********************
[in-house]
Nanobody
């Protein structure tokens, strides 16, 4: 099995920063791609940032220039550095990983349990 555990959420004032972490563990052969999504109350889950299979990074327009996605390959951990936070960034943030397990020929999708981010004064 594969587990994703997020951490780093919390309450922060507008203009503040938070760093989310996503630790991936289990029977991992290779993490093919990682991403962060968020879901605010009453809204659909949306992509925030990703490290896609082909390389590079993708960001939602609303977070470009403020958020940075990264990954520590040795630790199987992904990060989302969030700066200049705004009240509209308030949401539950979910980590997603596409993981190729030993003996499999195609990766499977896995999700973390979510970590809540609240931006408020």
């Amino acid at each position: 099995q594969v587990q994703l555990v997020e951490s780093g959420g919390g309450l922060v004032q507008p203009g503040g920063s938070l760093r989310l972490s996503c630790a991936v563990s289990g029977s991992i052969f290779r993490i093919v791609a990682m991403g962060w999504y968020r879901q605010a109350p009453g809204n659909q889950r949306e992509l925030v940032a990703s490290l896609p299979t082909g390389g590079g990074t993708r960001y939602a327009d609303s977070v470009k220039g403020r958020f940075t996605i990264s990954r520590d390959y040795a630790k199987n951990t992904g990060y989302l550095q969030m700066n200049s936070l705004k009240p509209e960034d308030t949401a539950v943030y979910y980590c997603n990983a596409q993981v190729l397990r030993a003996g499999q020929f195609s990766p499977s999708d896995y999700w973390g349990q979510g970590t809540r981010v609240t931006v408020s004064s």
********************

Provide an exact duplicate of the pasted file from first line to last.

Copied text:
[in-house]
Nanobody
């Protein structure tokens, strides 16, 4: 099995920063791609940032220039550095990983349990 555990959420004032972490563990052969999504109350889950299979990074327009996605390959951990936070960034943030397990020929999708981010004064 594969587990994703997020951490780093919390309450922060507008203009503040938070760093989310996503630790991936289990029977991992290779993490093919990682991403962060968020879901605010009453809204659909949306992509925030990703490290896609082909390389590079993708960001939602609303977070470009403020958020940075990264990954520590040795630790199987992904990060989302969030700066200049705004009240509209308030949401539950979910980590997603596409993981190729030993003996499999195609990766499977896995999700973390979510970590809540609240931006408020």
């Amino acid at each position: 099995q594969v587990q994703l555990v997020e951490s780093g959420g919390g309450l922060v004032q507008p203009g503040g920063s938070l760093r989310l972490s996503c630790a991936v563990s289990g029977s991992i052969f290779r993490i093919v791609a990682m991403g962060w999504y968020r879901q605010a109350p009453g809204n659909q889950r949306e992509l925030v940032a990703s490290l896609p299979t082909g390389g590079g990074t993708r960001y939602a327009d609303s977070v470009k220039g403020r958020f940075t996605i990264s990954r520590d390959y040795a630790k199987n951990t992904g990060y989302l550095q969030m700066n200049s936070l705004k009240p509209e960034d308030t949401a539950v943030y979910y980590c997603n990983a596409q993981v190729l397990r030993a003996g499999q020929f195609s990766p499977s999708d896995y999700w973390g349990q979510g970590t809540r981010v609240t931006v408020s004064s």